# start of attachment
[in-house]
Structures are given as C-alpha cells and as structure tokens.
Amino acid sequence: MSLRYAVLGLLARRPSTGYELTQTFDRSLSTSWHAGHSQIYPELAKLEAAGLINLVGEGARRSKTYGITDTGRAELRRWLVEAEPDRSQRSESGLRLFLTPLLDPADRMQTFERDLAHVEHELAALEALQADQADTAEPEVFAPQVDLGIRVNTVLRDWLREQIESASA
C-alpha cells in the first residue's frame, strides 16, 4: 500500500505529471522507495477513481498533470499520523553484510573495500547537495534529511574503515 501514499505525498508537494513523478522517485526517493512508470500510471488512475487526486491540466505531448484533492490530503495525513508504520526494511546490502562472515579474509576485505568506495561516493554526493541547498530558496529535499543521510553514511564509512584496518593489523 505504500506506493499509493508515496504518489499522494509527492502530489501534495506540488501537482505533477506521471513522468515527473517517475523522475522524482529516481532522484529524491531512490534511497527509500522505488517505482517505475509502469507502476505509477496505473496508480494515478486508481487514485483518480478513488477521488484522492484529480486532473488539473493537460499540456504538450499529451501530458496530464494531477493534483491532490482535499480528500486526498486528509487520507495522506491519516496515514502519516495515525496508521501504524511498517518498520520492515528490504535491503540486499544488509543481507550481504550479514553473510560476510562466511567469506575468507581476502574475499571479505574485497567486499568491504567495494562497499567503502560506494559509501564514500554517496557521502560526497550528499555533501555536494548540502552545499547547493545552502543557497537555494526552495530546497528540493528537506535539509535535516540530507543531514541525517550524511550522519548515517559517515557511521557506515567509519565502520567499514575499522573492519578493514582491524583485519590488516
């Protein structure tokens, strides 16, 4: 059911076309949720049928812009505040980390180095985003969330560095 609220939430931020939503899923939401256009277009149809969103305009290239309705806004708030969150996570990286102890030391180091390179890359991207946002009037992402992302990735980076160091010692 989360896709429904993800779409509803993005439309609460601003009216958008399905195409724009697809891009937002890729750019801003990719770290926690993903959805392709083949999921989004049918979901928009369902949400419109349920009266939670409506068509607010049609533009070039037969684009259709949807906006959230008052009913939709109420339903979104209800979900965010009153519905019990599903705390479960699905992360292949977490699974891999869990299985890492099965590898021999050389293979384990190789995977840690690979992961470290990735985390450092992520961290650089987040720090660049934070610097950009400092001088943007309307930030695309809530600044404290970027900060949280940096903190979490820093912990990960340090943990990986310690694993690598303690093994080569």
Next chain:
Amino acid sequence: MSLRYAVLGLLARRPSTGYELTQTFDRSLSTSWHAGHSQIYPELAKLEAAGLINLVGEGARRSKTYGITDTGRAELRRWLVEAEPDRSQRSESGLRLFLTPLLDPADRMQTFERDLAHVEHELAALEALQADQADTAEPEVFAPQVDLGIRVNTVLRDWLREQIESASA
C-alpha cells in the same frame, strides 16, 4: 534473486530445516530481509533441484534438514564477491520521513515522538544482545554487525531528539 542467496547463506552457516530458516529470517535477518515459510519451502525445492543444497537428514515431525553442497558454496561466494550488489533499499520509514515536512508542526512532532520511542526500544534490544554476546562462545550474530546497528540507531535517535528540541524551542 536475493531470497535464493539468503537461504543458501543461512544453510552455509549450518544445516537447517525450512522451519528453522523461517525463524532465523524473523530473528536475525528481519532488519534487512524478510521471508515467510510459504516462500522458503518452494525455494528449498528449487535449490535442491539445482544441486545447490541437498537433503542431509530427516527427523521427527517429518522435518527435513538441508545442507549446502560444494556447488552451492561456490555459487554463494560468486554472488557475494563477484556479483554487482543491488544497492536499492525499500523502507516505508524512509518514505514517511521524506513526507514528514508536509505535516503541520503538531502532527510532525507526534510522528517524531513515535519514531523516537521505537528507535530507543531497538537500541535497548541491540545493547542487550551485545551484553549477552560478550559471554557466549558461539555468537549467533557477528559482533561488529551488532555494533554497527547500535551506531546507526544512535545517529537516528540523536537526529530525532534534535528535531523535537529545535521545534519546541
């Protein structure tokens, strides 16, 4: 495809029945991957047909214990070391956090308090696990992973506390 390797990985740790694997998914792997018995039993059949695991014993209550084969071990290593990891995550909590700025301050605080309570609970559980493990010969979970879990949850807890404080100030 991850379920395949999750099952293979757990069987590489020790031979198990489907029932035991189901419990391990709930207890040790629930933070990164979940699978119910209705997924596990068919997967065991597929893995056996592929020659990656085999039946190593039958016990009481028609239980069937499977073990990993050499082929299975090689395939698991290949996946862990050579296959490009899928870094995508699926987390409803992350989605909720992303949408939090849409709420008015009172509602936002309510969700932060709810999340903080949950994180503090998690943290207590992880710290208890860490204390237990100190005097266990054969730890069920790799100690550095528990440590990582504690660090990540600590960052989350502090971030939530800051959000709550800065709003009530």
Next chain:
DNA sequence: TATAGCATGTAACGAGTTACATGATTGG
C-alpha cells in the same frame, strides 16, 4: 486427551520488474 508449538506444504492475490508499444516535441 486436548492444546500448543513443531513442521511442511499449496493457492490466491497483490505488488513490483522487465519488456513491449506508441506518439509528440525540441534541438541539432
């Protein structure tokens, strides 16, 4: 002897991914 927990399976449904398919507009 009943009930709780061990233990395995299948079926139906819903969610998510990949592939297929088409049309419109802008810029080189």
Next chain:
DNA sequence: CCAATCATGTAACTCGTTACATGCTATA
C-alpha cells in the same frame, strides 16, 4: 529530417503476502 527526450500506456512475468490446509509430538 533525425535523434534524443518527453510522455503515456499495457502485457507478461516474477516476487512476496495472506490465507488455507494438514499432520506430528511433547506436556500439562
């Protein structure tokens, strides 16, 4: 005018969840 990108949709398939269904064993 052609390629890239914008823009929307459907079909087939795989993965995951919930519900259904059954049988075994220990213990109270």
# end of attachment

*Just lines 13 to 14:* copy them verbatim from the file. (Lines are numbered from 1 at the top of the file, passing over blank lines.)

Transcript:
């Protein structure tokens, strides 16, 4: 002897991914 927990399976449904398919507009 009943009930709780061990233990395995299948079926139906819903969610998510990949592939297929088409049309419109802008810029080189």
Next chain: